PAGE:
Envirologics general manager Brian Thorogood, P.Eng., said that The Tomahawk has been used in numerous municipalities to clean and prepare water mains for various lining contractors. “This has helped us better understand the in-field conditions, which has led to improvements in our technology and propelled us from development to commercial deployment,” he said.

Over the past three years, Envirologics has completed cleaning projects in numerous Canadian and U.S. cities and has achieved some outstanding results. “Municipalities will like that the process is dry, which greatly reduces the amount of waste generated and that both ends of the pipe are closed, eliminating public viewing of the undesirable waste that comes out of these pipes,” says Thorogood.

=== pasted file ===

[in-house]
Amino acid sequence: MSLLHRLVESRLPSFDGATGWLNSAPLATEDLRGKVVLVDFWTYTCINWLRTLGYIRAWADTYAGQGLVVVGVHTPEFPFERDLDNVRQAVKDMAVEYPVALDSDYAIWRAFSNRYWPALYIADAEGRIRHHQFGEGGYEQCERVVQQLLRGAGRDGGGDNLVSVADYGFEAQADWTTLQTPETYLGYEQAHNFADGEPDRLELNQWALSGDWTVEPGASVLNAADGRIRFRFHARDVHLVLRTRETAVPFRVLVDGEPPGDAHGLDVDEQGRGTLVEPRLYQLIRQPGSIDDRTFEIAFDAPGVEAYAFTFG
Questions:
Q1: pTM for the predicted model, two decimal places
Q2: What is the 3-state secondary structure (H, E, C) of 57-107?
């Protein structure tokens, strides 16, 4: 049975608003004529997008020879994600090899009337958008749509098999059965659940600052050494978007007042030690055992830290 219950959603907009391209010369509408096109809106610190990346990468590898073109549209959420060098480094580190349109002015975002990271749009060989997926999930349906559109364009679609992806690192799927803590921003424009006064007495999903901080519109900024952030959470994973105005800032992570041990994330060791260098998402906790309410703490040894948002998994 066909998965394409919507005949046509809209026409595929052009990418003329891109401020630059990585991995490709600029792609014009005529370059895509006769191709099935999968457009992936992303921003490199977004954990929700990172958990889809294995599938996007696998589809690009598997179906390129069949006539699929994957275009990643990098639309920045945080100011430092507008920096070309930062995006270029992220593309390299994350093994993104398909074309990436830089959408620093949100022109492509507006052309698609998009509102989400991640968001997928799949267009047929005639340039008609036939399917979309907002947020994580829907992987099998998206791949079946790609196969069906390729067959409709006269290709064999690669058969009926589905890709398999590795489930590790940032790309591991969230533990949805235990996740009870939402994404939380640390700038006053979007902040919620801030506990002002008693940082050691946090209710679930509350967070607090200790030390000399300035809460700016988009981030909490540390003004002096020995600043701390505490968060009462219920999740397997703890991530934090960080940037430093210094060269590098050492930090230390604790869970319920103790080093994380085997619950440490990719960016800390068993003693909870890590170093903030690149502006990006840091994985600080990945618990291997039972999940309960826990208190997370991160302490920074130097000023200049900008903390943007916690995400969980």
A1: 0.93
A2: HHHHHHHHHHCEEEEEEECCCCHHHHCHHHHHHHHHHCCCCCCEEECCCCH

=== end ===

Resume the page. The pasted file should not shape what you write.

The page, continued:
The trenchless Tomahawk System onsite cleaning and preparing watermains prior to application of a liner.

2014 Pilot Projects:

The Tomahawk System set the standard for an all-in-one pipe cleaning, drying and inspection system by achieving excellent results in the following locations:

1. St. John’s, New Brunswick – 780 m of 150- and 200-mm bitumen lined, structurally sound 1955 cast iron (CI) pipe.
2. Waterloo, Ontario – 135 m of 6-in. unlined and tuberculated CI pipe.
3. Quebec (Montreal and Quebec City area municipalities) – 880 plus 300 m of 60- to 80 year-old, heavily tuberculated, cast iron pipe.
4. Victoria, British Columbia – 480 m of 150 mm and 200 mm of 1908 vintage, tuberculated, CI pipe.

TrenchlessProject Highlights